For those reading our autobiography, The Lost Gardens, see the update at the end of this post. If you have purchased our book-in-progress and lost your passwords to access the chapters, leave a message in the box at the end of this post.
The beauty of an online book-in-progress is all that can be included in it! I've just added the first photo album to our memoir, and will continue to enhance the story with images. To purchase The Lost Gardens, click here and scroll to the end of the page to purchase.
Today's Word: le ragoût
A DAY IN A FRENCH LIFE, by Kristi Espinasse
Yesterday I was making a delicious ragoût with the fresh fèves from our garden...when my son invited me to the beach to watch him kite-surf.
After a busy week, I wanted nothing more than to eat this delicious Provencal stew and then take a nice long Sunday siesta. But I know that stealing away with my son won't be as easy as the years march on, and so, You're on! I said, and we headed back to the Giens peninsula, near Hyérès.
After renting gear, we found the popular kite-surfer beach and hurried to the shore to unravel some important strings. The sandy beach was dotted with colorful cerf-volants and all the kite-surfers wore wetsuits.
Even if the sand was being whipped up into my eyes and the sun was burning down (igniting my fears after a frightful experience) I felt so alive beneath the colorful, kited sky, listening to the joyful voices of those wind-harvesters: Mec! Tu peux m'aider? Man, can you help me? Max said, asking a stranger to help send off his orange and white kite.
I watched my 23-year-old inch back into the sea, slip his feet onto his kite board, and disappear into the sparkling horizon, his kite flying high with the others. I might have dreamed such a beautiful scene, had I stayed home and rested. But this--this salty scent in my nose, this wind in my hair, these vibrant colors above and the gentle tones below of sand, grass, and charming picket fences--this was real.
A creature of habit, a creature of comfort--these are tags I need to send off, like a kite. I am first and foremost a creature: I was created to go with the flow of life. And oh, the places Life takes us, when we let go and grow.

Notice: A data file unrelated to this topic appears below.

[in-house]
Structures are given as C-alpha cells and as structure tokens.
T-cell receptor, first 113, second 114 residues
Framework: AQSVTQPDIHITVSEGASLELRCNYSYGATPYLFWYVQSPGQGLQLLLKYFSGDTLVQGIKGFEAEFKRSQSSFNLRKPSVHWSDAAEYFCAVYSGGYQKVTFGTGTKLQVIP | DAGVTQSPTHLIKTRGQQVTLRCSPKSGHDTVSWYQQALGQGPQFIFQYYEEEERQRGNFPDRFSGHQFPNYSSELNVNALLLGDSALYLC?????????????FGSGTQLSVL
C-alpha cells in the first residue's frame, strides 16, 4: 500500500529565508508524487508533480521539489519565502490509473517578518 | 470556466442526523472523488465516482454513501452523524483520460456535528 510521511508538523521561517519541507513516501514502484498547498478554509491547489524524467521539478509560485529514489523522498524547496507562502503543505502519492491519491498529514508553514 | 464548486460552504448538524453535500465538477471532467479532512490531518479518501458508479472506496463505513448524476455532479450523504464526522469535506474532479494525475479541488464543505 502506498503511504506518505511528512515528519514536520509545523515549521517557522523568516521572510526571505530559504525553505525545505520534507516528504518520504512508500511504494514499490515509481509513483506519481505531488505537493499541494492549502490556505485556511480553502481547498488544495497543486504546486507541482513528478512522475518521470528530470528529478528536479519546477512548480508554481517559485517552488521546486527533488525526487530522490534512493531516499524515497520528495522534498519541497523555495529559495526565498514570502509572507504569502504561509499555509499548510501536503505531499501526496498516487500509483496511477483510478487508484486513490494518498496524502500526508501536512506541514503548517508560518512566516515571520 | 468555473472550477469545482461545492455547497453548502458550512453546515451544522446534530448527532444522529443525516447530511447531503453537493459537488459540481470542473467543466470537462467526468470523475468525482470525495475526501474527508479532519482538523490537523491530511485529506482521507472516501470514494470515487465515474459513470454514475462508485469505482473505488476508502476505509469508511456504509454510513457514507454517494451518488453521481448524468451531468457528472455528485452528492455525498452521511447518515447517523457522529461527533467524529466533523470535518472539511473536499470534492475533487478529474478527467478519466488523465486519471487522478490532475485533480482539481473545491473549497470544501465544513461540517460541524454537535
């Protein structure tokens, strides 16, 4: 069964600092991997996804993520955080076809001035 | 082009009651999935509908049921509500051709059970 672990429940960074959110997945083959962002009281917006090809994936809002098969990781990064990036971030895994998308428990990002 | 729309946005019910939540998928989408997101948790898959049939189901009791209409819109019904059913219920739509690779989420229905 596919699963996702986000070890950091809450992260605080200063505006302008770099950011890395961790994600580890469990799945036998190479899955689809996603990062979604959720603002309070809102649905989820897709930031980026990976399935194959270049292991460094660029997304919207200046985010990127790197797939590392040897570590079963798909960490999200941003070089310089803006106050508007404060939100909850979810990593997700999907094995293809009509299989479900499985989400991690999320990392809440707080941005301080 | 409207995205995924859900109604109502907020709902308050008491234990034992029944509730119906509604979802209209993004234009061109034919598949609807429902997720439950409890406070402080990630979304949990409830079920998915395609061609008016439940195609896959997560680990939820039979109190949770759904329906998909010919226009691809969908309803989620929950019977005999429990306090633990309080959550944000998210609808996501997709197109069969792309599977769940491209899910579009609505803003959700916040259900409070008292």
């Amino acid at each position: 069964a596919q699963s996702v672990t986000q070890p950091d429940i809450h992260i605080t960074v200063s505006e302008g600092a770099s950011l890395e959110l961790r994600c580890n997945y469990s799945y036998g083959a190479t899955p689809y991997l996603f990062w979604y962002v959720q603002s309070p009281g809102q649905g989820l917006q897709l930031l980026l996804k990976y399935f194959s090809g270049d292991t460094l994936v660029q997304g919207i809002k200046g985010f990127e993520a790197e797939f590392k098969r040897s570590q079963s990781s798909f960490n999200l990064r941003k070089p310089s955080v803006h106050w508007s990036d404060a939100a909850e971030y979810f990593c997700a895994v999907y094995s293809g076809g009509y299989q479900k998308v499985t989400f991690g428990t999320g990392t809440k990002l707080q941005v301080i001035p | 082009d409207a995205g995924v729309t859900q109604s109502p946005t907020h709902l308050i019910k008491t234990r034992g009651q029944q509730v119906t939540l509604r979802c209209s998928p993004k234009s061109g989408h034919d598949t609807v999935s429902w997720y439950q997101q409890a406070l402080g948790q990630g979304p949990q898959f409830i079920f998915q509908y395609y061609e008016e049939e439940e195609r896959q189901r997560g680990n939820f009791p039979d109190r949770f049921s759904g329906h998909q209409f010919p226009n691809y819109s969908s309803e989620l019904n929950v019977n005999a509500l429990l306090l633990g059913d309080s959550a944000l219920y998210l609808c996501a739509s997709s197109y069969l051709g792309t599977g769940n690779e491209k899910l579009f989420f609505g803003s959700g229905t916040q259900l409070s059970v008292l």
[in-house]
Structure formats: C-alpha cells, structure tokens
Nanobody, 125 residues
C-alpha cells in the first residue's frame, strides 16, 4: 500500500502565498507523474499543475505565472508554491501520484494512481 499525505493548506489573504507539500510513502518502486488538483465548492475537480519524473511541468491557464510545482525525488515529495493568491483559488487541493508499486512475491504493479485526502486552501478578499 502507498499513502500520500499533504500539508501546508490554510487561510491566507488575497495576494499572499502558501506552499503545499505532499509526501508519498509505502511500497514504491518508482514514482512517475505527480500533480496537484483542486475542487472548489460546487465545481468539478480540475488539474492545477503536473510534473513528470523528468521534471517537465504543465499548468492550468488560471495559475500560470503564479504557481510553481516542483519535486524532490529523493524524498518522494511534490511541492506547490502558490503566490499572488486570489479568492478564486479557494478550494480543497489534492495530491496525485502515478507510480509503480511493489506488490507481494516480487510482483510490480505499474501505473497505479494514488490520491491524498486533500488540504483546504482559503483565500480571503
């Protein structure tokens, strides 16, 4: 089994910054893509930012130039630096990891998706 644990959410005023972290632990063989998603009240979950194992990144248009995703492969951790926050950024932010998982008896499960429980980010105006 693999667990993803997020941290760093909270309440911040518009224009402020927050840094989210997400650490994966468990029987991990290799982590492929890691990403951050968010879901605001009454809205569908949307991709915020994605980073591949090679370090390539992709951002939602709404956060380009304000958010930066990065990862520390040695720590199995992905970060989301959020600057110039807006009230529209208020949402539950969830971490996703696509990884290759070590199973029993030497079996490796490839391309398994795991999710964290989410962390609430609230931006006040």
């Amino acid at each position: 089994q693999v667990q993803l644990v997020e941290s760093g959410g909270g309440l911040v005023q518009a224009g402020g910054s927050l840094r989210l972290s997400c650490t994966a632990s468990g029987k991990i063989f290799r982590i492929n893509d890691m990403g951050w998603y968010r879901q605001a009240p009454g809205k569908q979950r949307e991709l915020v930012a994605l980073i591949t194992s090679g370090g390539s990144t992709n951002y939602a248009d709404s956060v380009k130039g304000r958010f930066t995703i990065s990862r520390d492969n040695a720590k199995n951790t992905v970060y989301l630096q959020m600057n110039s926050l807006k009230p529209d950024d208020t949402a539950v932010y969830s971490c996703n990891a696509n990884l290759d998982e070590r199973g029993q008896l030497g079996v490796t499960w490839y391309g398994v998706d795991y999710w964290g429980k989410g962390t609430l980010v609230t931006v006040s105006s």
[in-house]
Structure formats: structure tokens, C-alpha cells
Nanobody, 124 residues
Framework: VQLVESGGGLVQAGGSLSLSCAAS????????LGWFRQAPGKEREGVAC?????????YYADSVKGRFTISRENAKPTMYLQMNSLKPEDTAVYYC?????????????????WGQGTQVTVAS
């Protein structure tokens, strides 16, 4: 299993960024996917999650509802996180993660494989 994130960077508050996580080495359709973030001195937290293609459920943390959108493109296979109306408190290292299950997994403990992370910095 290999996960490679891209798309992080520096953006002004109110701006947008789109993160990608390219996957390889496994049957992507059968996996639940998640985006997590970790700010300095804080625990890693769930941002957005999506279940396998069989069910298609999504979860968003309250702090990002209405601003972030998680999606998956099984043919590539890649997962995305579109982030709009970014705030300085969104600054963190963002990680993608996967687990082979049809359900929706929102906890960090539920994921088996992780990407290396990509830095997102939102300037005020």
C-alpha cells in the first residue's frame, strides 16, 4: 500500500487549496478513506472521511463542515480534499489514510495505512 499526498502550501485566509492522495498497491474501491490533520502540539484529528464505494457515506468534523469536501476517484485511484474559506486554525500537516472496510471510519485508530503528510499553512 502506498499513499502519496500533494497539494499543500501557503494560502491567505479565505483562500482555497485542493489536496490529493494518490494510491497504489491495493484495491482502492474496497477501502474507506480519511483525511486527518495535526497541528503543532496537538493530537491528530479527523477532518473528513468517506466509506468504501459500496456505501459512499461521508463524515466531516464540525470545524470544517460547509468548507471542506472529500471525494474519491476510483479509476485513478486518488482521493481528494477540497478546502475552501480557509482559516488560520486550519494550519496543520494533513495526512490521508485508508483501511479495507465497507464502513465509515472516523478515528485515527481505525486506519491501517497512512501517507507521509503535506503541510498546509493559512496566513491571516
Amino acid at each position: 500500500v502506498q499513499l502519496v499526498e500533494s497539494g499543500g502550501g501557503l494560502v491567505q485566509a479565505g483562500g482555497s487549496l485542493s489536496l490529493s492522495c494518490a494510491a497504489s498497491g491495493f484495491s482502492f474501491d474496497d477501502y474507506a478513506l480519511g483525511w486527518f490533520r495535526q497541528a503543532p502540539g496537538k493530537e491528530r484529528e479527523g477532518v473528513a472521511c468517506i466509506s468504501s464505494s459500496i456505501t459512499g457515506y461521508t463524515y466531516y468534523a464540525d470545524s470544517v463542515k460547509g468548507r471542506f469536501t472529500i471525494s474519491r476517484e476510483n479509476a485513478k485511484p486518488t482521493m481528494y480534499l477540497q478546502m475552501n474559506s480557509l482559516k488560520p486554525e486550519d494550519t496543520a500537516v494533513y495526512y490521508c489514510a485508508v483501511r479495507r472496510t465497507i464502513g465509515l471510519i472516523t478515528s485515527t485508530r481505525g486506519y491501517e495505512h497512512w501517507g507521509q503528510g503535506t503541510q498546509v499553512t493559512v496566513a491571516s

* * *
le ragoût = stew
la fève = broad bean, fava bean
le cerf-volant = kite
mec = guy
tu peux m'aider = can you help me
A warm stew to pack for the beach on a windy day!
-Fry some lardons (sliced, fatty bacon), 2 onions, 5 diced potatoes, and garlic
- add the fava beans and cover with water (I like to add a can of tomato sauce).
Add some bay leaves, salt, pepper and thyme. Simmer an hour.
Serve with a side of plain couscous (cooks in one minute!) or bulgur and some hard-boiled eggs. We had a nice Compté cheese. Max deemed the meal 'the perfect thing to eat before surfing!' :-)
One day as I rushed to fill platters with charcuterie, hard-boiled eggs and cheese, one of the harvesters meekly asked could she have that can of kidney beans in the cupboard? That is when I learned that part of the harvest crew we had hired were vegan. What did vegan even mean in 2007?
Fast forward, now, to 2012. Sunk down into my driver's seat, I clutched the paper pharmacy sack and wondered, would it all unfold like the last time, when a gigantic surge of energy was both the gift and curse behind my husband's vision? Gazing at our new (old) house (another home in need of renovation) I took a deep breath, stepped out of the car, and headed over to the front porch....
(For those who have purchased our book, read all of chapter two, here.)
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Reader feedback from Chapter Two:
Dynamite!!!! I more impressed than usual. Your writing seems to have one upped your sharing and it's a good balance back and forth. I'm eager to "follow along" but encourage you to take your time. After all you are living it! --John Hawke
A field of phacelia flowers, a soil amendment planted by Jean-Marc the year before he planted his dream vineyard. Thank you so much for buying our book-in-progress. Your support has helped us to begin our book and to keep going, chapter by chapter. Mille mercis!
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